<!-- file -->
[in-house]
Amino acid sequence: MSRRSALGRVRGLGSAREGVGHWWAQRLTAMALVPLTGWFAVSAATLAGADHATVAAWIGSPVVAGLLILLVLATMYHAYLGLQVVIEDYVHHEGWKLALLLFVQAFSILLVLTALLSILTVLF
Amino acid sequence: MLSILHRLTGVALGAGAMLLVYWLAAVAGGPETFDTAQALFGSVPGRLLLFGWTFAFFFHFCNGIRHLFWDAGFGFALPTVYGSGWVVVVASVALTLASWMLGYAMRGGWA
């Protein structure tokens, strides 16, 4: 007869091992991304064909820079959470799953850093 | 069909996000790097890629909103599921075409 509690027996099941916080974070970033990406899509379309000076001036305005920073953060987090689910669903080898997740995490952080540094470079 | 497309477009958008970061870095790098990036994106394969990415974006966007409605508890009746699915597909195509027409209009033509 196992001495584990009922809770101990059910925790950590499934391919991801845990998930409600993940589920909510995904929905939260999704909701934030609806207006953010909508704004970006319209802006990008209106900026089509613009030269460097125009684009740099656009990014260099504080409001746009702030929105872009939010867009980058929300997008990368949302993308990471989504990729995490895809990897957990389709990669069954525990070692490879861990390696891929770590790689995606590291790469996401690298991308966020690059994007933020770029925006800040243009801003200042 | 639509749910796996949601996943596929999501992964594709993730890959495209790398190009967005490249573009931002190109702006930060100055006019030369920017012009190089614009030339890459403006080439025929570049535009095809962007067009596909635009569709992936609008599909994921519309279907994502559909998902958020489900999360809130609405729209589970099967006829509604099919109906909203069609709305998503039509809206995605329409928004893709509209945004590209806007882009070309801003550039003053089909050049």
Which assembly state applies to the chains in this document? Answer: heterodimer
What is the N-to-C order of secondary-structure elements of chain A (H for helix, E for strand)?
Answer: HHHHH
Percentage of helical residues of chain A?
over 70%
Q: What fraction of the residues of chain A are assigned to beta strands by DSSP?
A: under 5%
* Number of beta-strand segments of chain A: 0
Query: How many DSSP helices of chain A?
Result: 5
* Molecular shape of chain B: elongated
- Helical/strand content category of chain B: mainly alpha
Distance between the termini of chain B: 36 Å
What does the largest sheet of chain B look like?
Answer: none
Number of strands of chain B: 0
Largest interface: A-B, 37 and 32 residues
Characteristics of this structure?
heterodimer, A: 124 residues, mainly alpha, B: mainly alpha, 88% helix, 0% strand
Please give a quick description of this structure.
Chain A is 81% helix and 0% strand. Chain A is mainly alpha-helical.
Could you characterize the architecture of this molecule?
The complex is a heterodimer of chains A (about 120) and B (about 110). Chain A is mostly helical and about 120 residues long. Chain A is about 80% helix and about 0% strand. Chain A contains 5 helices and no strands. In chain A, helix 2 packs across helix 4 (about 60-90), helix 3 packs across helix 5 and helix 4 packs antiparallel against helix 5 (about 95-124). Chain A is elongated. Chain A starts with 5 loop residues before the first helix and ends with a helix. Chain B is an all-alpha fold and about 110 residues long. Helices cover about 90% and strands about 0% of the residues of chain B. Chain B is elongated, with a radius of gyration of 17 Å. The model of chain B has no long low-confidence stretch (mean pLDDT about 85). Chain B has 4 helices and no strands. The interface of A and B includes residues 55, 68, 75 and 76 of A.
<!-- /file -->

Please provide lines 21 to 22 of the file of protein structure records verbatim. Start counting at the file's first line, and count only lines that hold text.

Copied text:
Largest interface: A-B, 37 and 32 residues
Characteristics of this structure?